Being green has become an increasingly important topic both at home and in our schools. Children, even the very young, are being taught far different ways to do things than my generation was taught at the same age. My own children, ages 7 and 10, often correct me when I mistakenly throw something away that should have been put into the recycling bin, or forget to turn out the lights. Hopefully with this knowledge, the new generation will continue to help save Earth and make this a better place for future generations to live and enjoy.
I am pleased to welcome a guest blogger, Anthony Garcia, who has written an informative article that correlates perfectly to teaching our children (and teachers) new ways of living green.
Compost in the Classroom
Composting has been used for centuries to create a healthy, fertilized soil using the scraps and vegetable remains one has after cooking and eating. People in masters programs in education online, and traditional students of agriculture and science often compost on their own. However, the idea of bringing it into the classroom as an education aid is relatively new, and is gaining popularity as a way for schools to embrace a greener image. In addition, composting in the classroom can teach children first-hand about science and decomposition, as well as help prepare them for practical activities like gardening. The benefits keep growing, as children who garden and are more familiar with fresh vegetable generally grow up to be healthier than children who are unfamiliar with fresh produce. Here are some ways to create a lesson based on the idea of composting, as well as how to get students involved.
The basic supplies you will need include compost bins, which can either be built or purchased. Then, you simply layer dead matter, such as leaves, with fresh matter, such as freshly cut green grass and vegetable peelings. It is best to daily aerate and water the compost with a pitchfork or similar material. Obviously, this type of composting is an outdoor activity, although if you want to build compost for inside as well, you can make temporary indoor compost in a reseal able container.
How To Get Students Involved
If you want your compost project to be long term, getting students actively involved can be a tricky challenge. It might be helpful to rotate a core group of students who are involved in the compost on a rotating basis as part of the class. These students might tackles the daily tasks required to keep a compost pile, as well as serve as ambassadors to other students. Your class can even be a source of inspiration for the school, as school districts like Connecticut have discovered. For composting, a chance to head outdoors in the middle of a school day might refresh students and help them to focus.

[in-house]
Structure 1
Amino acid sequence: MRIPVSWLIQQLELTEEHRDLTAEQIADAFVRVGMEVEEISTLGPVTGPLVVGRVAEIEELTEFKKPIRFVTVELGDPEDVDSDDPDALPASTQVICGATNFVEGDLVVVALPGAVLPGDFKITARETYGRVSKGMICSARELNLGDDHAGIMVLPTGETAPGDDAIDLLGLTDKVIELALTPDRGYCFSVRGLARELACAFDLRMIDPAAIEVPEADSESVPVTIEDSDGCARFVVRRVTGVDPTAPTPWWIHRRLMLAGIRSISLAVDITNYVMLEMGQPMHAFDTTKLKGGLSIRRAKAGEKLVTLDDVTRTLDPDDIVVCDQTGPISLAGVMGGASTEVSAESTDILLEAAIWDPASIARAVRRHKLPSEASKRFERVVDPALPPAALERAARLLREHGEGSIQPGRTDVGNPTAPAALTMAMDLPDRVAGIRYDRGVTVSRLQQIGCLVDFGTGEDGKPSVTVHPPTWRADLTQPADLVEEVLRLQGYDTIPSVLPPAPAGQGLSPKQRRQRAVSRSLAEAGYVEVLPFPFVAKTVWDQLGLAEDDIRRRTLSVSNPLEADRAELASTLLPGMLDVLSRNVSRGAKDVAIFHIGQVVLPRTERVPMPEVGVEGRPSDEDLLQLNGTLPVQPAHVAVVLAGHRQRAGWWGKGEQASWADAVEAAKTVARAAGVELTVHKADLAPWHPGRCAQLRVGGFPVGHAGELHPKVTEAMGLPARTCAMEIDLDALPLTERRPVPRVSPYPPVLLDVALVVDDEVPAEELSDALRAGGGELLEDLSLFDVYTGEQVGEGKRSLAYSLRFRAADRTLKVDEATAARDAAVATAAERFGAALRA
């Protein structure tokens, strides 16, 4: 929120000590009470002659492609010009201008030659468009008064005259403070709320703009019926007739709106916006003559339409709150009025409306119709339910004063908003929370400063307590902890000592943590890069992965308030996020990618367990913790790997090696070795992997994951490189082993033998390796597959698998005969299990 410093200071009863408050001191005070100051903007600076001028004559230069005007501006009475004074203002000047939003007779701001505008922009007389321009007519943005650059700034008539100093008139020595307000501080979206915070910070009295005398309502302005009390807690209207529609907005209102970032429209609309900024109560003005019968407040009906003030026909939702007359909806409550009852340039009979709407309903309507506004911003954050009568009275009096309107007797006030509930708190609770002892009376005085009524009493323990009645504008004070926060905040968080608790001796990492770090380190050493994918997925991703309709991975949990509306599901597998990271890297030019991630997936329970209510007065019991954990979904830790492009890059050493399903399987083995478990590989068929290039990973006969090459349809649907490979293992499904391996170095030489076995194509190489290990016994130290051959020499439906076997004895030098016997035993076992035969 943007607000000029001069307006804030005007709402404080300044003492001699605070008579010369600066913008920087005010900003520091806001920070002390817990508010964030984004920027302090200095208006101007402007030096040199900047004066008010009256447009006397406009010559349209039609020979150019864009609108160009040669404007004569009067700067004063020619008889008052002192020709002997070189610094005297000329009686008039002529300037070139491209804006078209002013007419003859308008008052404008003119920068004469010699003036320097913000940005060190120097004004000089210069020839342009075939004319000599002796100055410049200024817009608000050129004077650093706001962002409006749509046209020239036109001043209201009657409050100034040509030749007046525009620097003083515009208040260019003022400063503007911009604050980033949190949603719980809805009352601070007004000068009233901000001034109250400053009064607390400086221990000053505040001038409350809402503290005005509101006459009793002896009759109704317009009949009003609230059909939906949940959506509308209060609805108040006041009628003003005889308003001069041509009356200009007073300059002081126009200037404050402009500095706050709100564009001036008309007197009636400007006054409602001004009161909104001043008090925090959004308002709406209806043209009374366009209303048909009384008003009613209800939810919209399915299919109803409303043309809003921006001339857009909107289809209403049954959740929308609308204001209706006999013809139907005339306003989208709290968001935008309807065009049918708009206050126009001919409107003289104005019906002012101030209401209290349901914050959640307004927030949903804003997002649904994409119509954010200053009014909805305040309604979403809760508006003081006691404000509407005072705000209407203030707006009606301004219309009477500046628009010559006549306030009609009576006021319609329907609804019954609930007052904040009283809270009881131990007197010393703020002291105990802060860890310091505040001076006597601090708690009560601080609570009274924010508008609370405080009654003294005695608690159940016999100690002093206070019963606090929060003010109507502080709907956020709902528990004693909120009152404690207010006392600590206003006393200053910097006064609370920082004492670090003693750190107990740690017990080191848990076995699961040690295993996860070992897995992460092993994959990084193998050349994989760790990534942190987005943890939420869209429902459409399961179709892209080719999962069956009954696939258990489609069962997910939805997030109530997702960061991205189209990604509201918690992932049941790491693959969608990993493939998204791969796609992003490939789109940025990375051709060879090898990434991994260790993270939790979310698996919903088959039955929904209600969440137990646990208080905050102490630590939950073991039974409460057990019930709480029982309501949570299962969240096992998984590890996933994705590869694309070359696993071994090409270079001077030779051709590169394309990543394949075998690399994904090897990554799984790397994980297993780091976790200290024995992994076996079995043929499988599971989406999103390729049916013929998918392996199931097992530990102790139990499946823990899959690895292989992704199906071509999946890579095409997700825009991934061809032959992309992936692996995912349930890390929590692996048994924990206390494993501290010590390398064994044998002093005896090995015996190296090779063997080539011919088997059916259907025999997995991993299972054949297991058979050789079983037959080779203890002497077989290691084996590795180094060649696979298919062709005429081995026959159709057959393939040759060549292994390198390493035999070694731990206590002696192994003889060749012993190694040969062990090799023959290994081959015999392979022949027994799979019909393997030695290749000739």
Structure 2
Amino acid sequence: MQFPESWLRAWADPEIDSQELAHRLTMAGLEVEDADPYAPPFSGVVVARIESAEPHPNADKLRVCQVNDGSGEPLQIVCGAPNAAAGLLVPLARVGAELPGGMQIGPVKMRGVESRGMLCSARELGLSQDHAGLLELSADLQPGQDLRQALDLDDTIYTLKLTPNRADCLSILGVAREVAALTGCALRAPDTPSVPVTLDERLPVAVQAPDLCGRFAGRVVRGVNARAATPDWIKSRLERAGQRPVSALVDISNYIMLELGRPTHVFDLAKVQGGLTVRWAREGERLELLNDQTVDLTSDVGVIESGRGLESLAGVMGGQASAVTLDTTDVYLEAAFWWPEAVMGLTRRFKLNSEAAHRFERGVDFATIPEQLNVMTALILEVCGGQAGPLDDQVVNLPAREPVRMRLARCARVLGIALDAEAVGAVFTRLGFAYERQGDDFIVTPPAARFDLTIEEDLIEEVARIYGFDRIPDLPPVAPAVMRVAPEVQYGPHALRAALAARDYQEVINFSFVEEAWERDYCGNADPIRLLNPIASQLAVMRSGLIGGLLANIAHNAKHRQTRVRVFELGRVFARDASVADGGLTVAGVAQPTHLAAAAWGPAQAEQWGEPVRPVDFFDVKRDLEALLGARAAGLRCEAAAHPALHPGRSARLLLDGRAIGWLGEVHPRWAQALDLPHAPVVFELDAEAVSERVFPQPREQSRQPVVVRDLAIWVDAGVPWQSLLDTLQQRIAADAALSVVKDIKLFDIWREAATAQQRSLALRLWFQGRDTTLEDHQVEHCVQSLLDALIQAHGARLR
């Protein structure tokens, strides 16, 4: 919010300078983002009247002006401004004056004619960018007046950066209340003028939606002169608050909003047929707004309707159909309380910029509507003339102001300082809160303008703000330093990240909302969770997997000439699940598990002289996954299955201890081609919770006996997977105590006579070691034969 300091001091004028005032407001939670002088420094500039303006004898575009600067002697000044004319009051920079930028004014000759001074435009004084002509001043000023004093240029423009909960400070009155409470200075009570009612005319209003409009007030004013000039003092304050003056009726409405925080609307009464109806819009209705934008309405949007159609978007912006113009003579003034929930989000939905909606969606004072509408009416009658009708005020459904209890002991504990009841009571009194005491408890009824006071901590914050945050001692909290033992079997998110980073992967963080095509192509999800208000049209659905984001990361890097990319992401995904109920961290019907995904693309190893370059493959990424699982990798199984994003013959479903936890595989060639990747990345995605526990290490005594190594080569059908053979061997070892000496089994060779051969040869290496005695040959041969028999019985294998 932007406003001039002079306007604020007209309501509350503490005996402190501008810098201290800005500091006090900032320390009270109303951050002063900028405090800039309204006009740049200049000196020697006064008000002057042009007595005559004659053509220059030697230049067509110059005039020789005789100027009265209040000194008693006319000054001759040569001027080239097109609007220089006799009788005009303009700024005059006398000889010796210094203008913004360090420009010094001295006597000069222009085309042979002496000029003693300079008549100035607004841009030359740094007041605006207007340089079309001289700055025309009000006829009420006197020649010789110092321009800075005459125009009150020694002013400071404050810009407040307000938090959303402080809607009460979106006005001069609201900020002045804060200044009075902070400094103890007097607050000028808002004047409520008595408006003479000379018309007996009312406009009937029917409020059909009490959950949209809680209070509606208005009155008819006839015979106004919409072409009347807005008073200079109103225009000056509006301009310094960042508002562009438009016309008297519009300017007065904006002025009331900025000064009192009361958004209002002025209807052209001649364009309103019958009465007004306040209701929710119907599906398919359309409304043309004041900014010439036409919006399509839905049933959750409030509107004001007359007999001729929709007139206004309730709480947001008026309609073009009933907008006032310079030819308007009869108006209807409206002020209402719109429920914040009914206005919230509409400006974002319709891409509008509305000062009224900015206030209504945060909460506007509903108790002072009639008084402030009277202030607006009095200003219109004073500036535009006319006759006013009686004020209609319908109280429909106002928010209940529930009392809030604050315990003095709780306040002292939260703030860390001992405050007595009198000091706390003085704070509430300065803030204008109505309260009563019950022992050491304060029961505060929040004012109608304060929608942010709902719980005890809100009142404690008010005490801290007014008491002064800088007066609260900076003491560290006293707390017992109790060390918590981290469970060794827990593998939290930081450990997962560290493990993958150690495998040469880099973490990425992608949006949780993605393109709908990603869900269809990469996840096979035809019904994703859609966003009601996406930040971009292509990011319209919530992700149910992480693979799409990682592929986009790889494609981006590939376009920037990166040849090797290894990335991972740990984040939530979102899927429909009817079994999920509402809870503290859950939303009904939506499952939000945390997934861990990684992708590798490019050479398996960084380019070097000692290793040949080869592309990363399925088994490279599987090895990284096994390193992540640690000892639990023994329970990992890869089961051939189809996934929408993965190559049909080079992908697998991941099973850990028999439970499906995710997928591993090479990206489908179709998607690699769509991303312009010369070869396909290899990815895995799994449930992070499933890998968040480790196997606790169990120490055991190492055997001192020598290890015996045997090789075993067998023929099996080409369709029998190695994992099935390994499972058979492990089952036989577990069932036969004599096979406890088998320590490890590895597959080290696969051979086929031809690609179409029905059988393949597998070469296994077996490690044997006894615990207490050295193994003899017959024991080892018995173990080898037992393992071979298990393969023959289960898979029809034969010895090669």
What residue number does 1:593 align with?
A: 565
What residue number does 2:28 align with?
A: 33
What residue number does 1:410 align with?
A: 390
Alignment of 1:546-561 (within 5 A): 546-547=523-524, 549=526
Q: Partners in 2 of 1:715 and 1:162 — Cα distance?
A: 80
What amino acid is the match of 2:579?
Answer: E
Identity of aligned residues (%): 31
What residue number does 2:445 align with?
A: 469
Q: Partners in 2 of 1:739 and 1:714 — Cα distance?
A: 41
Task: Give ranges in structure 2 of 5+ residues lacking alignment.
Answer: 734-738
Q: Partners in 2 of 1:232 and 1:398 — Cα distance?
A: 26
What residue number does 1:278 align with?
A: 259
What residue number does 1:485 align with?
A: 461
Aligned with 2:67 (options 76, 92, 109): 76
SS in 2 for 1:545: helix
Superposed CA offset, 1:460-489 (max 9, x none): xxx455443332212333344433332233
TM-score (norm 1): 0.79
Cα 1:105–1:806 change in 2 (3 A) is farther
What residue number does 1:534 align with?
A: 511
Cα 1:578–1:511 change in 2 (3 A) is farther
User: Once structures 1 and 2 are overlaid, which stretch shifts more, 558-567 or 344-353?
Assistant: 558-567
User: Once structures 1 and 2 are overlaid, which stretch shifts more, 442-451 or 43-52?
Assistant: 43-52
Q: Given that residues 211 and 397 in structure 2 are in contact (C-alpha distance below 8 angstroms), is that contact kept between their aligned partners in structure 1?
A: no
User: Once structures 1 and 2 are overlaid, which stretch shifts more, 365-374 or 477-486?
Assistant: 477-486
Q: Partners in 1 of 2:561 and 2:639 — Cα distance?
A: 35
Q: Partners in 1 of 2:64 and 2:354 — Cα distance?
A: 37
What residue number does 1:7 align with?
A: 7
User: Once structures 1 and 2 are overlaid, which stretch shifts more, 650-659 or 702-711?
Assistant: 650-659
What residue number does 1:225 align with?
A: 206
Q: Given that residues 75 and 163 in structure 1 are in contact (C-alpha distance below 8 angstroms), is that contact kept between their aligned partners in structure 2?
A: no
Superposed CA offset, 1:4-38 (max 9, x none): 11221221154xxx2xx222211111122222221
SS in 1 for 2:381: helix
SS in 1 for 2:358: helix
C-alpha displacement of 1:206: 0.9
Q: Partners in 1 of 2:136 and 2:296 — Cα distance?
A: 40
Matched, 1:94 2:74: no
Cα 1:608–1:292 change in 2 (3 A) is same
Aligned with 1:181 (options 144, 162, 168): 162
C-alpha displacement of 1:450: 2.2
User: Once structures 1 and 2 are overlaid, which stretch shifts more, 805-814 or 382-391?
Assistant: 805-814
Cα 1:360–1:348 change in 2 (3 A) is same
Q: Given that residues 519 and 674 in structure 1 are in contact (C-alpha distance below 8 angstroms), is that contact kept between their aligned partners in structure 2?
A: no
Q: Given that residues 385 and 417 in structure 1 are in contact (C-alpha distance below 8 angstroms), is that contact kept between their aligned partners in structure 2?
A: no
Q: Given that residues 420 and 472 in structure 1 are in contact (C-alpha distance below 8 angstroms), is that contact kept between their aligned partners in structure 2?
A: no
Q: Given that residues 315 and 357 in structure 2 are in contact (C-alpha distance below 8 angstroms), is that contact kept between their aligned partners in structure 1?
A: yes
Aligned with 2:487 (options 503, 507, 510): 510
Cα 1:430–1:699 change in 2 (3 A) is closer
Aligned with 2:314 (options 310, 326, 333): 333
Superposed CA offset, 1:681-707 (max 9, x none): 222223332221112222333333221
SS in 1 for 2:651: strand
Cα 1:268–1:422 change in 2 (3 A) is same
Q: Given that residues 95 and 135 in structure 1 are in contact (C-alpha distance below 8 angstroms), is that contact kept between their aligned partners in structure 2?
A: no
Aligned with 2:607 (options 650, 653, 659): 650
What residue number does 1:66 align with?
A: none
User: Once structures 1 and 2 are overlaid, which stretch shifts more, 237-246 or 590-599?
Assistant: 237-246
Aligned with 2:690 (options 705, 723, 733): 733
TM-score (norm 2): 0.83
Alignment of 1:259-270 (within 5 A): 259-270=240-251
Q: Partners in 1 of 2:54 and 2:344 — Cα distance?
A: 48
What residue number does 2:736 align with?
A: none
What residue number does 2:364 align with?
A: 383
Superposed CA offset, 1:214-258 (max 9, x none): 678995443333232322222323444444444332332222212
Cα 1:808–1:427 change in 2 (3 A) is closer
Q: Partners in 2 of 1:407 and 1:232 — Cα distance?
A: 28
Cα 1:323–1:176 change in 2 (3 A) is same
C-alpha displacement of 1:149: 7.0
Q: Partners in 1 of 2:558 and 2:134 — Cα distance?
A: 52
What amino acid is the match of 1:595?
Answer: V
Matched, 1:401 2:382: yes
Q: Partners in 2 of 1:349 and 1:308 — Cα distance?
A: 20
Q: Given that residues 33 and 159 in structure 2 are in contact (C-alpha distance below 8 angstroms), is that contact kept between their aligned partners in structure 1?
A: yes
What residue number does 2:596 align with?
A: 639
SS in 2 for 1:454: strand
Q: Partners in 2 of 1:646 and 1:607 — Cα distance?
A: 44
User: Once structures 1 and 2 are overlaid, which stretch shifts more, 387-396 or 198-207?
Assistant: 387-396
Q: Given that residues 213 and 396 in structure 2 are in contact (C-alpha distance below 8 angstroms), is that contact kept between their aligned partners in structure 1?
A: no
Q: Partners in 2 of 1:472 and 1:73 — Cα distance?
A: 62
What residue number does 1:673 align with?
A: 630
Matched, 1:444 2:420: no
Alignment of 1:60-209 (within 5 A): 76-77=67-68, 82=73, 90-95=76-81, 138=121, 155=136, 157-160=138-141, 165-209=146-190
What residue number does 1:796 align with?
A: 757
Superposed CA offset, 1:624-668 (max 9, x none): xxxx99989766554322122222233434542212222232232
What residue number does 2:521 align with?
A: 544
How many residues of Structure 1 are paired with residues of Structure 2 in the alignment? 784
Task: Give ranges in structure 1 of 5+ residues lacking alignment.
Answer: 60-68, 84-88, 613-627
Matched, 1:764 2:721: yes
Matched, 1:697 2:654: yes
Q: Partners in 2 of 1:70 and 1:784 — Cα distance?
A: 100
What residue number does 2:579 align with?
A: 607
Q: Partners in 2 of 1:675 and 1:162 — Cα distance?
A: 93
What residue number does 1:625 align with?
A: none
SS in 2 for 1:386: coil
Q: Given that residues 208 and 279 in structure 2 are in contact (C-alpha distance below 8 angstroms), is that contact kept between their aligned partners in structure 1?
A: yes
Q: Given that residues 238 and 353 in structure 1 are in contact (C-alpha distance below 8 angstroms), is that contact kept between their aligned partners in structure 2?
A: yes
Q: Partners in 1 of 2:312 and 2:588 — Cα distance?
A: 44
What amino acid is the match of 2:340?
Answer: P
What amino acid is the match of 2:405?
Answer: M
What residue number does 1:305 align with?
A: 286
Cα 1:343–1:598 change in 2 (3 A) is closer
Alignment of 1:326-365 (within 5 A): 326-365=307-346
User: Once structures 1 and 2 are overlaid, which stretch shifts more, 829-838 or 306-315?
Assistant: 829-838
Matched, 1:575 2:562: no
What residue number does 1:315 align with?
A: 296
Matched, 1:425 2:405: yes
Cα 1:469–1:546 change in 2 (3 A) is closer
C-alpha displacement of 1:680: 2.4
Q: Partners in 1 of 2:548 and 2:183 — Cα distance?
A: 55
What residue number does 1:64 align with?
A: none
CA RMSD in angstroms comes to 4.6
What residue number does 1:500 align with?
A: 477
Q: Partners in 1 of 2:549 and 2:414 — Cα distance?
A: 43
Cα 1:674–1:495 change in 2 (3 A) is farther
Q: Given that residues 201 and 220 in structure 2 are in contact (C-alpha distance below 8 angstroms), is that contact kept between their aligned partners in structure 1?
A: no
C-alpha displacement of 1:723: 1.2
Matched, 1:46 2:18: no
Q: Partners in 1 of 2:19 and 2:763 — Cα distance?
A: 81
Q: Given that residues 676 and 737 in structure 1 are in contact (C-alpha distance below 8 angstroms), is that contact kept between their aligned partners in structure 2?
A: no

Depending on the age group, composting might seem thrilling or boring for students. Younger children generally love outdoor activities, and if you have worms present in the compost you will have a hard time keeping elementary age boys away! However, teenagers might generally be less excited about the prospect. For this age, you may need to use some extra incentives like pizza to encourage enthusiastic participation.
Where To Get The Materials
If students eat lunch daily at the school, their food waste is probably sufficient for a classroom. Try to make it a habit for students to separate their organic leftovers like apple cores from paper and plastic products which should not go in the compost heap. If possible, speak to kitchen staff about keeping aside items like vegetable peels and coffee grinds to use in the compost heap as a school in Portland does.
What Students Will Learn
On the surface, students will learn about the chemical breakdown of organic ingredients. This ties in well with a science or biology lesson, and the study of the necessary ammonia and nitrogen to make the process work is very good for chemistry and ecology. In a class more focused on environmental science, students can understand how composting can help with erosion control as landfill cover and in the place of harmful pesticides and fertilizers for gardening. If there is the possibility for using the composted material in a garden, children will also learn how to grow flowers or vegetables.
It is clear that composting in a school setting can be a valuable learning tool. Whether for young elementary students or a high school science class, composting has ties to education, the environment and hands on learning. Though starting up and procuring student involvement may be a challenge, the benefits are worth it, and the costs are minimal for compost maintenance as supplies are readily found in every school’s cafeteria.
Anthony recently completed his graduate education in English Literature. A New Mexico native, he currently resides and writes in Seattle, Washington. He writes primarily about education, travel, literature, and American culture.